Sadly, I have no Tivo upgrade path, given that cable and FIOS are not options. I use multi-room recording & viewing a lot. Moving to HD will be a major project for me, one of these days!

    I think that we’re in for a couple of years of turmoil, while various combinations of cable boxes, satellite boxes, DVRs, and internet video devices go through a shakeout and a winning TV model emerges. The end result will be wonderful, but many dead-end products will be sold before we get there.

    The solution has to be seamlessly integrated and simple – get TV, internet programming, streaming or downloaded content, and locally stored video from the sofa with a simple inexpensive remote.

    I have always envisioned the solution as light, dumb, TV clients, connected to one main house-wide server that holds, caches, & serves the content, and handles all interaction with the content sources.

    I also have a Squeezebox radio. Another product that feels like the beginning of a big change – the beginning of the end for broadcast radio, plus music, radio, and podcasts on your nightstand. Oddly, Logitech can’t seem to make the alarm clock function work! Have to laugh at that! The alarm function is implemented client-server, with the server holding and initiating the alarm. A brilliant design..not. And I thought that clock radio alarms were a design that was understood years ago! LOL. Like the internet TV boxes, a future product will get it right, after learning from the pioneers.

  32. I am lost on what this solves for me.
    So I can put the remote in a drawer and have only a keyboard to control things? Unless I want to buy an iPod Touch that is and then have it nearby for remote duties.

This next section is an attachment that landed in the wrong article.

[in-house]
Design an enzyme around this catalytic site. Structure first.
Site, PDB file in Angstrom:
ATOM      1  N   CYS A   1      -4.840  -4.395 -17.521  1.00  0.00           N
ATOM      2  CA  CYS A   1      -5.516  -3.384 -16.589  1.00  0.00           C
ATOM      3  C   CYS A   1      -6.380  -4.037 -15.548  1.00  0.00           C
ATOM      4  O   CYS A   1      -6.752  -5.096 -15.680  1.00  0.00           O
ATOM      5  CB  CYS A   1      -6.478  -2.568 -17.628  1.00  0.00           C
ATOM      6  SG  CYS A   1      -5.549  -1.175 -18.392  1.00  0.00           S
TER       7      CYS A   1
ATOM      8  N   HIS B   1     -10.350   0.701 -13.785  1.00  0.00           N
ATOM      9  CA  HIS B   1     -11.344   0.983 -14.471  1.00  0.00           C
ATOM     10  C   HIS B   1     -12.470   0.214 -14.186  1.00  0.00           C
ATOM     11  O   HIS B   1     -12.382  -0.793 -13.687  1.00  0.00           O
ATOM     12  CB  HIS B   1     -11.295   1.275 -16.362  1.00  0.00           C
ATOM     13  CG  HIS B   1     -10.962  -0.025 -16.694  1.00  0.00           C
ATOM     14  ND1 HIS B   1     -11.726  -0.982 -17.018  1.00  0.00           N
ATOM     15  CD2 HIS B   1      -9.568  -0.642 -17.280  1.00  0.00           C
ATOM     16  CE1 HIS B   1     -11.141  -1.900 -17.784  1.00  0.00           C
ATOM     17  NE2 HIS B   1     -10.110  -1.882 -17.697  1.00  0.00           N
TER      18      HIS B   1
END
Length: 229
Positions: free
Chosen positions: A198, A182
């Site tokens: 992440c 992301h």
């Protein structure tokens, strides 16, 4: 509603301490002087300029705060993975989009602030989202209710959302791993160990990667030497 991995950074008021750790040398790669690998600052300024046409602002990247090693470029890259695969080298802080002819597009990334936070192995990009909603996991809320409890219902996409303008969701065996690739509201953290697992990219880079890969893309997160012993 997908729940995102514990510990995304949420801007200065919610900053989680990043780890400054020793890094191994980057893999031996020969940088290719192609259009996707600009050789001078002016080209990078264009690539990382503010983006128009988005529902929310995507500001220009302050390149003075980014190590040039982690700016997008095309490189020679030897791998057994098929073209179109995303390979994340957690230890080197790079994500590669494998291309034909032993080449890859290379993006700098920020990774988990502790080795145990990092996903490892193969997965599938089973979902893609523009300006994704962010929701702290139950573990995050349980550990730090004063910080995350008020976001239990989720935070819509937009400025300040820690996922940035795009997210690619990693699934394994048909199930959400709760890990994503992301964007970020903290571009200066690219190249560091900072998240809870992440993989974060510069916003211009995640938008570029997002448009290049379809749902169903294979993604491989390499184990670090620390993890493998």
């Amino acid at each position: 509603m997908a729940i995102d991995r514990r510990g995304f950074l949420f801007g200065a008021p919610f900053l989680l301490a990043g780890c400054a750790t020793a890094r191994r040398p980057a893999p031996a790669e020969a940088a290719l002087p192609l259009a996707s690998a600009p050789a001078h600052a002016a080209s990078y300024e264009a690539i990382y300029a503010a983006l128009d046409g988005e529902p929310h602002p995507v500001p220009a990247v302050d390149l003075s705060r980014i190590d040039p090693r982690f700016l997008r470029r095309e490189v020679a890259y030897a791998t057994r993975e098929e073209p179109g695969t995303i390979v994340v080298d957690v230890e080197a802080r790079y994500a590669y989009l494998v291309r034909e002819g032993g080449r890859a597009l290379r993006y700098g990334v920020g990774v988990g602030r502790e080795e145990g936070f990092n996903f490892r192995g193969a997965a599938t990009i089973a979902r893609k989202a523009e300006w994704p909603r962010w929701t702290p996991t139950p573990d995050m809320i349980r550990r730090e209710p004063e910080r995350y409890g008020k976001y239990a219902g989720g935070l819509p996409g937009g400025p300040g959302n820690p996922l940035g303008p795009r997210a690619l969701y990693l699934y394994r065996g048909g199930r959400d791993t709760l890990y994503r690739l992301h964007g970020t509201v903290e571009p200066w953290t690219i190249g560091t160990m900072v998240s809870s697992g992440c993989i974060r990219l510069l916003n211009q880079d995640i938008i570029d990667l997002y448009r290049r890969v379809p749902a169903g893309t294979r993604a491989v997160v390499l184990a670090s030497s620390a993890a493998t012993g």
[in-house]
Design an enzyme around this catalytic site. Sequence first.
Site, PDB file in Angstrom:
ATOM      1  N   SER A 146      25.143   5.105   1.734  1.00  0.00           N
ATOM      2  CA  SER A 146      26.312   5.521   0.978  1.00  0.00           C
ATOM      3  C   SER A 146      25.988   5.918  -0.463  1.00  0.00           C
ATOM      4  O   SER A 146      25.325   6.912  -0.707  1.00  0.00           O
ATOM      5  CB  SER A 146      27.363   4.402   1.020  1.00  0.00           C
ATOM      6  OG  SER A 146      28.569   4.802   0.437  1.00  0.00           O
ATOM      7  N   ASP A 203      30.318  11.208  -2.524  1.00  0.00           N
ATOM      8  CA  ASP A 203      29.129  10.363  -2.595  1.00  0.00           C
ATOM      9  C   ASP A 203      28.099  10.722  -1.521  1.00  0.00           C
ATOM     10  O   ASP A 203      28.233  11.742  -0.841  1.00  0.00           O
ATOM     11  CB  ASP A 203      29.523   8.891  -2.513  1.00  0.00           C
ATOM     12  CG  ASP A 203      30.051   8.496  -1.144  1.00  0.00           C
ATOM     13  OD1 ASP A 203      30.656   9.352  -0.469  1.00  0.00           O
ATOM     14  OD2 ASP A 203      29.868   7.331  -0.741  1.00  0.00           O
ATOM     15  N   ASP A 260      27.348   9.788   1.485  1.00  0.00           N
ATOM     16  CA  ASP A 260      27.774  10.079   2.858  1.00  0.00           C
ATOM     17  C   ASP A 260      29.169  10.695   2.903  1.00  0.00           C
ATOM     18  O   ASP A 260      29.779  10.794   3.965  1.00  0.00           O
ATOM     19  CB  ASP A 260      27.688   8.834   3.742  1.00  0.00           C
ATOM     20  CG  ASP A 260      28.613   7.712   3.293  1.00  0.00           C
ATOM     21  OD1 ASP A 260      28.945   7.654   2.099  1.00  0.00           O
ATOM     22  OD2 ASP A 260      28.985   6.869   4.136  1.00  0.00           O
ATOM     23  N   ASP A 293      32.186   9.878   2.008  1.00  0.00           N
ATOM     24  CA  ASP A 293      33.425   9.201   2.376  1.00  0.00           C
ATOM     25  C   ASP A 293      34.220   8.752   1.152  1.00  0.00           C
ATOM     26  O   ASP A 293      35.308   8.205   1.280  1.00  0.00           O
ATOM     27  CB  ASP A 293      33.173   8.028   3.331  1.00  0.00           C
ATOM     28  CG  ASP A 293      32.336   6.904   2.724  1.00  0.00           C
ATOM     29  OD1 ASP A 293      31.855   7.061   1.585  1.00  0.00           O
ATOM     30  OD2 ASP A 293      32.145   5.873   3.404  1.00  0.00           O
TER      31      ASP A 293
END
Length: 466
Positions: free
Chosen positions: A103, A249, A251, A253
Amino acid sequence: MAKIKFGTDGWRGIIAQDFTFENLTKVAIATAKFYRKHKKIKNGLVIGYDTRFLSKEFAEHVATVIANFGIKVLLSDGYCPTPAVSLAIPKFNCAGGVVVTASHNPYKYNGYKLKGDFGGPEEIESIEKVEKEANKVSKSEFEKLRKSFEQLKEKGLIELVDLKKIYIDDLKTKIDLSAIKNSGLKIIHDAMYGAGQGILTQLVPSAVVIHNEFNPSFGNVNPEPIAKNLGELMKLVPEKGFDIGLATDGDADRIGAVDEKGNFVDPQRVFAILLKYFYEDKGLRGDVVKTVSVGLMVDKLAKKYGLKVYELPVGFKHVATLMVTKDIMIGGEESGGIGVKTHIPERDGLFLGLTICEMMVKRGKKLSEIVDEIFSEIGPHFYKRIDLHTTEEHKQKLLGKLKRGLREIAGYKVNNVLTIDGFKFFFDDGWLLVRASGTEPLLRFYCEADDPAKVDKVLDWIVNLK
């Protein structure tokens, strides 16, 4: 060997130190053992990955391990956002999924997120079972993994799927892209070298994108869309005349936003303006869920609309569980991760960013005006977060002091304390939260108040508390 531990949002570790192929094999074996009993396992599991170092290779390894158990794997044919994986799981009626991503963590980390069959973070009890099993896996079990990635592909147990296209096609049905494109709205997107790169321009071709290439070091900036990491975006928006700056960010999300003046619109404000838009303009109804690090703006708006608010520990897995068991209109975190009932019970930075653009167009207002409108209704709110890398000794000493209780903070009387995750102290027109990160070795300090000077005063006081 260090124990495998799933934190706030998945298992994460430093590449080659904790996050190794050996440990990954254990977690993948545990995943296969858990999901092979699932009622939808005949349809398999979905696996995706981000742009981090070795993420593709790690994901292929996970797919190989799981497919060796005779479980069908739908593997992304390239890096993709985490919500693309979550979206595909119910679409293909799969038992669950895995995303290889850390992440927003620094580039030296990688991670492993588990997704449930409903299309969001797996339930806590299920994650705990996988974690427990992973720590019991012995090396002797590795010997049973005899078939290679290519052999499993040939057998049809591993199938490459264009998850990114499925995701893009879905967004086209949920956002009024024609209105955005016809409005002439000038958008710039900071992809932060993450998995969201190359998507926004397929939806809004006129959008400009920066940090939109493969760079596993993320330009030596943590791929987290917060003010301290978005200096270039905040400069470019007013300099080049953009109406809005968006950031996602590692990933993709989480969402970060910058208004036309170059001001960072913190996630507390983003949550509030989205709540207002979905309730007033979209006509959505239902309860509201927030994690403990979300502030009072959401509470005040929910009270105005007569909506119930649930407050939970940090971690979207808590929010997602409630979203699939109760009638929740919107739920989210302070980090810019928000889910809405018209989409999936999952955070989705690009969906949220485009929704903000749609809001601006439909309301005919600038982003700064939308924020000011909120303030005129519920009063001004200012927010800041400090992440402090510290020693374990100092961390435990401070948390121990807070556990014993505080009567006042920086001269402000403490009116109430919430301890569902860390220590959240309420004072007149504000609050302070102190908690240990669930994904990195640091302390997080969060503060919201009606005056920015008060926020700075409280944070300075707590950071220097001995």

For that I can display my current devices on the screen unless I use DISH and then I see my Netflix and DISH (if I had it) and movies on my PC server offerings on one screen.

    or I can stay with TiVo setup
    and see the current DVR shows on screen – at the bottom have
    my other TiVo DVRs listed (I like this since my TiVo’s have specific things they record like kids shows on one, sci-fi on another)
    my movies from PC server
    any shows I pulled off TiVo to my PC
    and Netflix queue
    – I can also go to TiVo search and see all the options for getting any show or movie in my listings

    so I give up the shiny google TV display and the shiny remote that would cost me 400$ and keep on trucking with my klunky old TiVo interface that everyone in my family has been able to use after holding the peanut remote for 2 minutes.

    I will stay klunky, thanks. :)

  33. Well I think its going to flop in its current form, but I still think its interesting. Maybe if enough of the Android zealots support it the thing can survive long enough for them to fix it.

    The integration with Dish is nice. The blasters for everything else, lack of knowledge of what your DVR recorded if you’re on cable or DirectTV aren’t good. For most people it won’t know whats on your DVR, won’t know what’s on Netflix. What am I searching this thing for again?

    Don’t buy the need to browse from the couch. Happy with my iPhone for that mostly, or a laptop I already don’t use.

    Won’t work with Hulu out of the box. Obviously you’ll be able to get around this if you know what you’re doing, but Hulu will fight it. No Hulu Plus out of the box is stupid. Suspect that ABC.com etc will also fight playback of full episodes.

    Odd that the whole DLNA playback, flicking thing is a Logitech app, presumably not going to be available on the Sony Google TV.

    The keyboard is stupid. A cell phone style keyboard or something like Tivo slider or Boxee would have been cheaper and felt more natural in the living room. The other keyboards should be extra cost options.